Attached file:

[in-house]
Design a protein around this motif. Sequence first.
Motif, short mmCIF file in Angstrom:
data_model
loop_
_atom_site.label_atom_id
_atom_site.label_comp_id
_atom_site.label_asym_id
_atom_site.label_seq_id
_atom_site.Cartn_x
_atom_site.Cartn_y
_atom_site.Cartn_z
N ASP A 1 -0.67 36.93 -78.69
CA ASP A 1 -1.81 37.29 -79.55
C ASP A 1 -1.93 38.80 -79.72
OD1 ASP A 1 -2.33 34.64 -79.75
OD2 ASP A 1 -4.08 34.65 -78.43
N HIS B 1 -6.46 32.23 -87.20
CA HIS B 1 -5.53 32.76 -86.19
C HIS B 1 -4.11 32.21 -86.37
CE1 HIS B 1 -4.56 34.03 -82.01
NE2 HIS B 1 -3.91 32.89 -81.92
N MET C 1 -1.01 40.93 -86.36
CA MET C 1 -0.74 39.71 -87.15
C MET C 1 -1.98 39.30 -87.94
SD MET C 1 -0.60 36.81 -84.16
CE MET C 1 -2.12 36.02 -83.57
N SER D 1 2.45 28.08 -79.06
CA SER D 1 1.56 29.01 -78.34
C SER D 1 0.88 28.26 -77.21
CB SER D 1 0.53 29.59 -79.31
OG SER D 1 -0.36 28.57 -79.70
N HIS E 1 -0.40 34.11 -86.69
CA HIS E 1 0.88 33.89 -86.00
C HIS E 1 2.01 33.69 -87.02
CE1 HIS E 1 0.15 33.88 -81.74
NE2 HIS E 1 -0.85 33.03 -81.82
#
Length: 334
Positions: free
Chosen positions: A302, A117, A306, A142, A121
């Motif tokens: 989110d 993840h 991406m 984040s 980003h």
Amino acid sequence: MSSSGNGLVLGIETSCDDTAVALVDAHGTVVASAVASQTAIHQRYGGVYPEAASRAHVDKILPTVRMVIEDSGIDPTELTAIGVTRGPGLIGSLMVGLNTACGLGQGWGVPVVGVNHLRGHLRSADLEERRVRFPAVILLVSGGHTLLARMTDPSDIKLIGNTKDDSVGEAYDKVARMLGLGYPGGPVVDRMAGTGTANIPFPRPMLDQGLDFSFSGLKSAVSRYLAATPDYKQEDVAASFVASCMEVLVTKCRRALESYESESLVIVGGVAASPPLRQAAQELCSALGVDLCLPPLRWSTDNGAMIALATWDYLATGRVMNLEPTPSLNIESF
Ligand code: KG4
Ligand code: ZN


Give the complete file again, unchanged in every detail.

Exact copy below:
[in-house]
Design a protein around this motif. Sequence first.
Motif, short mmCIF file in Angstrom:
data_model
loop_
_atom_site.label_atom_id
_atom_site.label_comp_id
_atom_site.label_asym_id
_atom_site.label_seq_id
_atom_site.Cartn_x
_atom_site.Cartn_y
_atom_site.Cartn_z
N ASP A 1 -0.67 36.93 -78.69
CA ASP A 1 -1.81 37.29 -79.55
C ASP A 1 -1.93 38.80 -79.72
OD1 ASP A 1 -2.33 34.64 -79.75
OD2 ASP A 1 -4.08 34.65 -78.43
N HIS B 1 -6.46 32.23 -87.20
CA HIS B 1 -5.53 32.76 -86.19
C HIS B 1 -4.11 32.21 -86.37
CE1 HIS B 1 -4.56 34.03 -82.01
NE2 HIS B 1 -3.91 32.89 -81.92
N MET C 1 -1.01 40.93 -86.36
CA MET C 1 -0.74 39.71 -87.15
C MET C 1 -1.98 39.30 -87.94
SD MET C 1 -0.60 36.81 -84.16
CE MET C 1 -2.12 36.02 -83.57
N SER D 1 2.45 28.08 -79.06
CA SER D 1 1.56 29.01 -78.34
C SER D 1 0.88 28.26 -77.21
CB SER D 1 0.53 29.59 -79.31
OG SER D 1 -0.36 28.57 -79.70
N HIS E 1 -0.40 34.11 -86.69
CA HIS E 1 0.88 33.89 -86.00
C HIS E 1 2.01 33.69 -87.02
CE1 HIS E 1 0.15 33.88 -81.74
NE2 HIS E 1 -0.85 33.03 -81.82
#
Length: 334
Positions: free
Chosen positions: A302, A117, A306, A142, A121
């Motif tokens: 989110d 993840h 991406m 984040s 980003h």
Amino acid sequence: MSSSGNGLVLGIETSCDDTAVALVDAHGTVVASAVASQTAIHQRYGGVYPEAASRAHVDKILPTVRMVIEDSGIDPTELTAIGVTRGPGLIGSLMVGLNTACGLGQGWGVPVVGVNHLRGHLRSADLEERRVRFPAVILLVSGGHTLLARMTDPSDIKLIGNTKDDSVGEAYDKVARMLGLGYPGGPVVDRMAGTGTANIPFPRPMLDQGLDFSFSGLKSAVSRYLAATPDYKQEDVAASFVASCMEVLVTKCRRALESYESESLVIVGGVAASPPLRQAAQELCSALGVDLCLPPLRWSTDNGAMIALATWDYLATGRVMNLEPTPSLNIESF
Ligand code: KG4
Ligand code: ZN